Tucker was 40% last year from 50+, and all of the sudden the announcers are assuming a 60 yarder is a foregone conclusion? Sorry, he’s at best like maybe 30-40% to make that kick from 60 realistically.

          • Vitor

            Announcers are getting worse each day. Heard that Flacco is elite after a play because he stood and took a hit from Mack instead of going down.

    • Mike Riley

      Del Rio had a similar decision earlier in the game that because the pass was incomplete following the accepted penalty paid off & the Ravens were forced to punt. Execution was what made it a great decision on Del Rio’s part & a questionable one on Harbaugh’s. Also give credit to Carr for first a great throw to Cooper on 3rd & forcing Suggs to jump offsides on 4th.

  • JudoPrince

    That’s a horrible grade for Flacco; I didn’t think it was quite that bad. Keep in mind that the o-line had multiple starters missing and coaches really had to do some shuffling. Not a good recipe going against a pass rush featuring Mack and Irvin. I was particularly disappointed with the final drive of the game by Flacco. He missed badly on two straight throws, one to a wide open tight end, leading to a very difficult 4th and 10 situation.

    • Matthew Elliott

      Even so, that ball on 4th and 10 hit Aiken directly in his chest. No matter what, that was supposed to be caught. Can’t blame him for that at all.

      • Aaron Myers

        The pass certainly isn’t on Flacco, but its a tough catch in traffic for like your 4th receiver who doesn’t see a ton of targets anyway. Frankly, I wouldn’t expect a player like him to make that catch.

        Poor play calling on that final drive and even worse execution by players. Flacco hits Chris Moore in the hands for at last a 5-6 yard gain on 1st down, and maybe even could have gone for 10 yards. Flacco then completely misses Pitta on 3rd down for what would have been at least a 5-6 gain also.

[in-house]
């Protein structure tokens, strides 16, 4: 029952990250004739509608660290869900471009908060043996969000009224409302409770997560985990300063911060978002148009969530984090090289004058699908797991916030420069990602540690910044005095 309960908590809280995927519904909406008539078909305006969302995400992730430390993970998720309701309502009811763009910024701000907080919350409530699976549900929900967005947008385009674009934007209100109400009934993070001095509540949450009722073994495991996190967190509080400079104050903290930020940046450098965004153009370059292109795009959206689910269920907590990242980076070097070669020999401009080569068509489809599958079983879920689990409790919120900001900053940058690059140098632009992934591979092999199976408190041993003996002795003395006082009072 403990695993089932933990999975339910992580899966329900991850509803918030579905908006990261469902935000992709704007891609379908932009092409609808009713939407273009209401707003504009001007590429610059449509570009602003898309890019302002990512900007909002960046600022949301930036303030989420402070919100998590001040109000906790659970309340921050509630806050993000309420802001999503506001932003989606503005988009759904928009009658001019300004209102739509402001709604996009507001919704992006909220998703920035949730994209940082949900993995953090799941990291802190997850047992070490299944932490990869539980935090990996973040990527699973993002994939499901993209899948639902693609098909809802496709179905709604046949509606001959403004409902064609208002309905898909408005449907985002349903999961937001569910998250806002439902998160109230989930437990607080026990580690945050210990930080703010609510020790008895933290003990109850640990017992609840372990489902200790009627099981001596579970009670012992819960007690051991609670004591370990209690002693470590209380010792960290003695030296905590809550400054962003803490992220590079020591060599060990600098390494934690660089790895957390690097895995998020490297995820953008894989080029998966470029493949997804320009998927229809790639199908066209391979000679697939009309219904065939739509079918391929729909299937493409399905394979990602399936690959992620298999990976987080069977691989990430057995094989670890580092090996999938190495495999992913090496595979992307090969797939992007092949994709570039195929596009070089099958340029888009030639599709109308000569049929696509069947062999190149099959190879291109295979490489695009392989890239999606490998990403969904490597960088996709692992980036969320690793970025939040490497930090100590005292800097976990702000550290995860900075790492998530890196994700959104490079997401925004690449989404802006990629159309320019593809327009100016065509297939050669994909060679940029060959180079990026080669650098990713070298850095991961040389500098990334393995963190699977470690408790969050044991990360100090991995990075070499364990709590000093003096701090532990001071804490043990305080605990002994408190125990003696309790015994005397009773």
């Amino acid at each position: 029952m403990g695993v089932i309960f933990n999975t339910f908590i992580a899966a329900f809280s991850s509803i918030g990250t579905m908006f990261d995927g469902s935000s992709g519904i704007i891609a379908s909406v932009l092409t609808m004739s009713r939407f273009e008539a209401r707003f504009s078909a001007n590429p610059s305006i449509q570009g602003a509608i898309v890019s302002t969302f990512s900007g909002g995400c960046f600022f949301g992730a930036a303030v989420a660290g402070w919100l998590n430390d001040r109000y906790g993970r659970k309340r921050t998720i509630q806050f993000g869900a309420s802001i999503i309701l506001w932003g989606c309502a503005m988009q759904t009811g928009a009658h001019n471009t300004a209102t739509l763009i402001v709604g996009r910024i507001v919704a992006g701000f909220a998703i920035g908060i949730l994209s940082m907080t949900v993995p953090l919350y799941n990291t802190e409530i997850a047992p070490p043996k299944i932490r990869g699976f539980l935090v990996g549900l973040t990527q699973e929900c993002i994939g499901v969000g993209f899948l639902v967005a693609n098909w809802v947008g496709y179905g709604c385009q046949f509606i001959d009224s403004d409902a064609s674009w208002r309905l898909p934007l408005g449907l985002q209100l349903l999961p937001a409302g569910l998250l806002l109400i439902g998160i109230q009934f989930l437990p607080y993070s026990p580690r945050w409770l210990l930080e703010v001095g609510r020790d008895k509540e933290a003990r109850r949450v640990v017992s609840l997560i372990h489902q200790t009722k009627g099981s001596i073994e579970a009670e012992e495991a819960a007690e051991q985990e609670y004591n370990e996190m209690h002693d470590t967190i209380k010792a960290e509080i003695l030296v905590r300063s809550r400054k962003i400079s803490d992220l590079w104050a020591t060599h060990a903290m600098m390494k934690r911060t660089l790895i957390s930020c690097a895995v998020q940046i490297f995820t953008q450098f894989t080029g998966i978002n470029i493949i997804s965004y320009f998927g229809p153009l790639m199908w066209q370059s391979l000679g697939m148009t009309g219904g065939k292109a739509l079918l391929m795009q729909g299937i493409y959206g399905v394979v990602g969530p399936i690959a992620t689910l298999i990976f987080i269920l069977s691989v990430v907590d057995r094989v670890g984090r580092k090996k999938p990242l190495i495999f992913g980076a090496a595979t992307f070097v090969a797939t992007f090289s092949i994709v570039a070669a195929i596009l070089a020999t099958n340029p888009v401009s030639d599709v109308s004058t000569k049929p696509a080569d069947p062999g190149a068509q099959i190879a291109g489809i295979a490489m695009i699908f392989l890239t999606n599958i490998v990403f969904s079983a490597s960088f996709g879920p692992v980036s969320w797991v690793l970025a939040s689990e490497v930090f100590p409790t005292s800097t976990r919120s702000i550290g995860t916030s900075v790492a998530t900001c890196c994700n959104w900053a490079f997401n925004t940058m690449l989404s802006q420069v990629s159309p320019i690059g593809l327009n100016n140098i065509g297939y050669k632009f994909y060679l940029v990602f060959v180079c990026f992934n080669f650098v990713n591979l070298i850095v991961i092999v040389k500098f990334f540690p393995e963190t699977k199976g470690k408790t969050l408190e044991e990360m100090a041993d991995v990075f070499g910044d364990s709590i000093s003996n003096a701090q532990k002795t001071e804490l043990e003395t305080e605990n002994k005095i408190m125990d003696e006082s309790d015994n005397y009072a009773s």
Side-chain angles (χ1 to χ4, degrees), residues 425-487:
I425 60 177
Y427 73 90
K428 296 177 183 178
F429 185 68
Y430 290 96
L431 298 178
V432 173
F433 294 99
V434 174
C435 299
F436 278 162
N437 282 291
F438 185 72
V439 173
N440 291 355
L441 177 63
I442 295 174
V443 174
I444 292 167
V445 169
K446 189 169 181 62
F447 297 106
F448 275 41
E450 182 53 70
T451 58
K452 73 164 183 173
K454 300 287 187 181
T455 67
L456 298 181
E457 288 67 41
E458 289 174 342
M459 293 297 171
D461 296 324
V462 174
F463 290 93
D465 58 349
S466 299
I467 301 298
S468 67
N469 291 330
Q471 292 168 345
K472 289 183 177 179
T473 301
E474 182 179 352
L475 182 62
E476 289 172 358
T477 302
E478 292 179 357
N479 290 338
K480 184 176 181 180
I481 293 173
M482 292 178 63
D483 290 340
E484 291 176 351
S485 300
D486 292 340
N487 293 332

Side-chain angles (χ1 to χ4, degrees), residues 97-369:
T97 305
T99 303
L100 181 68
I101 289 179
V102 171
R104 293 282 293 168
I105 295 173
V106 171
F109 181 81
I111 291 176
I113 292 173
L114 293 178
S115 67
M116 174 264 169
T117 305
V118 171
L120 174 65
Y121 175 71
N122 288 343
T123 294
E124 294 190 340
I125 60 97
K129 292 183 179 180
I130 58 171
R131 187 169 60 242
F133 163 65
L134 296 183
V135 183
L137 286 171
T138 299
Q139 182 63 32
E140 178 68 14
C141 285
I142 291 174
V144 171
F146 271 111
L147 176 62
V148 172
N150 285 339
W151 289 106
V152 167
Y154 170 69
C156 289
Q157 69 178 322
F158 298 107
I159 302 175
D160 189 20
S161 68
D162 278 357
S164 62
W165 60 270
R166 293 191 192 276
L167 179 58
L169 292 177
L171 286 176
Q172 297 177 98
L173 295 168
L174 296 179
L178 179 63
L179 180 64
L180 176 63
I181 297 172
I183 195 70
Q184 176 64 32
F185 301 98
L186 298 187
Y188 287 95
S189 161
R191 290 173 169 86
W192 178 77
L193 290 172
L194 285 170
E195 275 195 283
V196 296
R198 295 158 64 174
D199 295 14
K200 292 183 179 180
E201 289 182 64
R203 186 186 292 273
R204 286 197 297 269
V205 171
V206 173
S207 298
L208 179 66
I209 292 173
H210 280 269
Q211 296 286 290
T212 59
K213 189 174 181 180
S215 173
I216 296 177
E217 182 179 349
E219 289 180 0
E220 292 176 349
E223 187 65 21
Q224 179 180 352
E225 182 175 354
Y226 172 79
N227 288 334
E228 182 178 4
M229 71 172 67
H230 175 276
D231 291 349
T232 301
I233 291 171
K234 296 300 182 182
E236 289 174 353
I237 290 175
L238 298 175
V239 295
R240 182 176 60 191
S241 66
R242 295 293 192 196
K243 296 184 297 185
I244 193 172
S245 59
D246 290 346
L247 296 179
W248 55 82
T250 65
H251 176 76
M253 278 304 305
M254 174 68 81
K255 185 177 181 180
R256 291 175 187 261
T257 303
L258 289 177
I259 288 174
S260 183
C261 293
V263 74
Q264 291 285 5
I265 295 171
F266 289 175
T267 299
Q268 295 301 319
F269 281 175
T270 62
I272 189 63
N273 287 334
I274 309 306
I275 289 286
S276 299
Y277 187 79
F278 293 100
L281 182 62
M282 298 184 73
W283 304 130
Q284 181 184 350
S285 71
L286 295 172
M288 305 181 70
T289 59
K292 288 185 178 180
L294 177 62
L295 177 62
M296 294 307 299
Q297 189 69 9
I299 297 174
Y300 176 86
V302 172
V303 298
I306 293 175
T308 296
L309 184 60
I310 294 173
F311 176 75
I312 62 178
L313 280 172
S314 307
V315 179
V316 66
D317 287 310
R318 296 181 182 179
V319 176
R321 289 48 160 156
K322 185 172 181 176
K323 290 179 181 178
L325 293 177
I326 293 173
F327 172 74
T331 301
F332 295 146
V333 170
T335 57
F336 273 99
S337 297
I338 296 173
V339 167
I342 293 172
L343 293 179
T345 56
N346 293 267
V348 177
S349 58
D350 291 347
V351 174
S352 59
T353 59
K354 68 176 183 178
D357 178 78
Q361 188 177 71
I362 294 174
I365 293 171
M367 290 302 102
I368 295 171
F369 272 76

Either of those passes gets completed, and you can at least attempt a 55-60 yard FG.

        • slewof damascus

          agreed, the pass was a strike, patented Flacco accuracy, but aiken was far from 1st choice, the safety blitz was bearing down and he had to release the ball somewhere, the idea behind the playcalling was to keep the ball in your best player’s hand (flacco), but they should have run on one of the first couple of downs behind their all-world guard.

      • JudoPrince

        Tough catch for Aiken to make in extremely tight coverage. I only expect the really good receivers to make that catch, like Smitty. Its not like he was wide open and dropped it. Good throw by Flacco on that one.

  • c.liss

    First note – That’s ONE sack for Mack; the other strip sack was Bruce Irvin. Secondly, no mention of P Marquette King, who repeatedly pinned the Ravens deep in their own territory? How are punters graded by PFF?

  • Ryan Bonnington

    Flacco didn’t throw any interceptions. He had one turnover that was a fumble. This article needs to be corrected. I also don’t recall the throw that “the defense dropped”. Maybe the tipped pass? Not sure how a guy with 2 TDs and one turnover would be rated so poorly.

    • Mike Riley

      There was a deep route on the left sideline on 3rd down that Sean Smith sent up w/ 2 hands & nearly picked off. It was either a little short or his 6-3 size & long arms made it impossible to complete.

    • Aaron Myers

      I remember a couple throws that could have easily been intercepted. He threw one into the endzone later in the game that should have been picked off, and I remember specifically the back foot throw across the middle late in the game where the defender slipped and fell down and the ball landed like 2 feet in front of him.

      His offensive line was horrific in pass protection, but Flacco played his worst game of the season by far yesterday in my opinion.

    • jwj34S&B

      The two-point conversion attempt was picked off by Smith

      • Michael Harber

        You’re right of course. Thank you.

  • gh

    Amerson would’ve be in the top defensive grades if he makes the tackle or even Reggie Nelson makes the right angle to tackle Smith. But overall Amerson looks like a monster & defense looks great last 2 weeks.

    • Dave G

      Not bad for a player Washington cast off as useless.

  • Brandon Quinlog

    why in the world would a losing player get the game ball? should go to Carr or Crabtree

  • Ron

    These idiot geeks,why does anyone quote these MTF’s???

    • Dave G

      Why do you comment on this site if you hate them so much?